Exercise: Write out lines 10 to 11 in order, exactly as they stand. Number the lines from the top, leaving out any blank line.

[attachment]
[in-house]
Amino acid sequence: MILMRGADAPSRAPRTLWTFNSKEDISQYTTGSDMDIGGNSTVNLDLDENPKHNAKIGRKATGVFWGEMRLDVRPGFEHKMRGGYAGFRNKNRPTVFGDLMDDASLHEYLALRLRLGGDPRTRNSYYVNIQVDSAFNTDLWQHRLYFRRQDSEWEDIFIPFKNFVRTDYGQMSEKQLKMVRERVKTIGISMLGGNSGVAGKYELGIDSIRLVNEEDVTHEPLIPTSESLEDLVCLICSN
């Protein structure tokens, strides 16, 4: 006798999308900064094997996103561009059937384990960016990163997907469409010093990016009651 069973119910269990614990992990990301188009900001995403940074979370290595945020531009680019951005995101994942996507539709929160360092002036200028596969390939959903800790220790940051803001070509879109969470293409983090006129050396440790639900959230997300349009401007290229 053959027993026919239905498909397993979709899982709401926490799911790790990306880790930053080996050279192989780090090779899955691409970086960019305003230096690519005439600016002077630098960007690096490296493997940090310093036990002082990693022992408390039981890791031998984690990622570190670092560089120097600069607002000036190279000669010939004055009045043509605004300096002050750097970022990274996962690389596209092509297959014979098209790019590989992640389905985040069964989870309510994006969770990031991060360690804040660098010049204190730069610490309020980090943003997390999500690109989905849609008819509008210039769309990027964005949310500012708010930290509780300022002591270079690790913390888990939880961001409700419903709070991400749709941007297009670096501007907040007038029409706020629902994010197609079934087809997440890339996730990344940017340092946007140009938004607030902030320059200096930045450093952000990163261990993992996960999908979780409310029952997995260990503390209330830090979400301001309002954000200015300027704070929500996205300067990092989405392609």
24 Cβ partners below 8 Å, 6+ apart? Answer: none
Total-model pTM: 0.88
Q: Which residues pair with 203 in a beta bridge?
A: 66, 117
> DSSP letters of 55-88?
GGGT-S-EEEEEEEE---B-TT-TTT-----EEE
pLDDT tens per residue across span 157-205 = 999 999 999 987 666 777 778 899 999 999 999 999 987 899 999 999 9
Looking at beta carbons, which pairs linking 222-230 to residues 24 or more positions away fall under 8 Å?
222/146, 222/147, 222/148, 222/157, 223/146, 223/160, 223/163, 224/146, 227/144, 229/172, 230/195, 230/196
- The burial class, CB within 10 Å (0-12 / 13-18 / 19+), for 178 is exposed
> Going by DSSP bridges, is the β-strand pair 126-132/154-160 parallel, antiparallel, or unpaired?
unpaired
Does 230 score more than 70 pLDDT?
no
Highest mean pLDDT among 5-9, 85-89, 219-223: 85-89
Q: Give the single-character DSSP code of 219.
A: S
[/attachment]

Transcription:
pLDDT tens per residue across span 157-205 = 999 999 999 987 666 777 778 899 999 999 999 999 987 899 999 999 9
Looking at beta carbons, which pairs linking 222-230 to residues 24 or more positions away fall under 8 Å?